“It is important that we’re finding out what matters to young people. Because if something matters, that’s what gives them the energy and the determination and commitment to succeed” - Prof. Peter Shergold AC, Western Sydney University Chancellor
17 year old student Maddie Mott, from Holy Spirit College Bellambi, has taken out first prize in the Year 11/12 Category of 2016 What Matters writing competition, with her powerful and stirring poem, 'We Matter', that addresses the significant issue of women and gender in today’s society.
The inspiration for the annual writing competition, run by the Whitlam Institute, Western Sydney University, comes from Gough Whitlam’s commitment to young people and their involvement in the shaping of Australia’s future.
All Year 11 Advanced English and Year 10 Extension English students from Holy Spirit entered the competition, from which four Holy Spirit students were shortlisted. Patrick Lazarus from Yr 10 and Emiliana Saffioti, Georgia Lee and Maddie Mott from Yr 11 were selected from a field of 3870 entries.
Earlier in the year, Maddie was part of the audience on ABC’s Q and A, where she had one of her questions selected. As a consequence, she had the opportunity to meet Q and A panelist Mia Freedman, editor of Mamamia, Australia’s largest online news and opinion site for women. Maddie came away from the show with not only having had her ‘voice’ heard on National television, but also managing to organise to complete her Year 11 Work Experience at Mamamia!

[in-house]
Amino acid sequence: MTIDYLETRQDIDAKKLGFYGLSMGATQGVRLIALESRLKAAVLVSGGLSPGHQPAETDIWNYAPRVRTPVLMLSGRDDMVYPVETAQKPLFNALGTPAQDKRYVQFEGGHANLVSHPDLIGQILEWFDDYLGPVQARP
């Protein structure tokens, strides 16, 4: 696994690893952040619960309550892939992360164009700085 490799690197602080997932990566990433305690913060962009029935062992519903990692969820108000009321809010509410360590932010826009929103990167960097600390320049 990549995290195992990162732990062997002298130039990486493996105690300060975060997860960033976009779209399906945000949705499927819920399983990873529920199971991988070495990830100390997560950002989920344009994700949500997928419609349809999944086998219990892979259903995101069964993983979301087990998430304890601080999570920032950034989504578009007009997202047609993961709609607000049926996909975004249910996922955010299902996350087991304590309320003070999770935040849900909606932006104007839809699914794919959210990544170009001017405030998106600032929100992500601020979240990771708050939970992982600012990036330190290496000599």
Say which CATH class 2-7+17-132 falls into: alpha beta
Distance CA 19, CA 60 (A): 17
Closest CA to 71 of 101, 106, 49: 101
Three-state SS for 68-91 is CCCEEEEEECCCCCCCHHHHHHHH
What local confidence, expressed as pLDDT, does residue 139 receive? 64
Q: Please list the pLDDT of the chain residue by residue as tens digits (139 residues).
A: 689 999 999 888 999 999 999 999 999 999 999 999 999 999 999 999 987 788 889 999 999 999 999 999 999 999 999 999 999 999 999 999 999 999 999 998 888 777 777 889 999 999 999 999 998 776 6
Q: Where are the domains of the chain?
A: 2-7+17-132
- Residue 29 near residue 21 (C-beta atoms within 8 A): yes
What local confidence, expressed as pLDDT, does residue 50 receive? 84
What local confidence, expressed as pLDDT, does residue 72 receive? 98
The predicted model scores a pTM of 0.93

Read Maddie's winning poem below.
I say I am a feminist and you laugh and ask why
I would want to be
And you laugh at the word
as if it is a joke that I don't understand
as if fighting for the equality of my sex is a concept a tad out of your grasp
And I sit in class
and ignore your sneers and your jokes
and as I raise my hand and say
you all groan
"here she goes again" "yeah we already know"
But you don't know
You don't know what it means to be discriminated against purely due to your sex And whilst you laugh at this movement
you laugh at the millions of girls who will be sold into sex slavery this year alone. You laugh at those who you love most
You laugh at the one in three women who will experience sexual assault
You laugh at the three million girls who will fall victim to genital mutilation this year alone
You laugh at the seven year old girl who sits on the floor waiting to have breasts ironed and bandaged in order to stop her from being
desired by men
becoming a child bride before she reaches the age of 10
And I am tired of your laughter.
I am tired of you feeling threatened by an issue you do not understand. I am tired of having to defend my choice of standing up for the rights of my gender. I am tired of your utter lack of respect for those who are persecuted, abused, raped and held back because they are women. I am tired of being taught and warned about the consequences of walking by myself, of wearing 'provocative clothing'.
I was warned
It's not their fault for acting on their primal instincts
I was asking for it
After all you could see my bra strap through my singlet.
I am tired of being a
and no, I am not your baby girl
I am merely a 16 year old trying to cross the street
I do not care that you think my arse looks good in these jeans
And now it is my turn
It is my turn to laugh at your stupidity
And it is my turn
to ask the questions
Why do you teach your daughters about their safety
But don't teach your sons about consent
And I want to know
how long it will take
before we live in a world where 62 million girls
are not denied an education simply because they are girls.
How long will it take
for you to not make jokes
about the suffrage of my entire gender
Because if the only time you bring up male victims of domestic abuse and rape
is to justify
the rape and abuse of women
don't pretend you actually care about
And so next time you ask
why I am a feminist
Know that just because I believe women matter
Does not mean everybody else believes so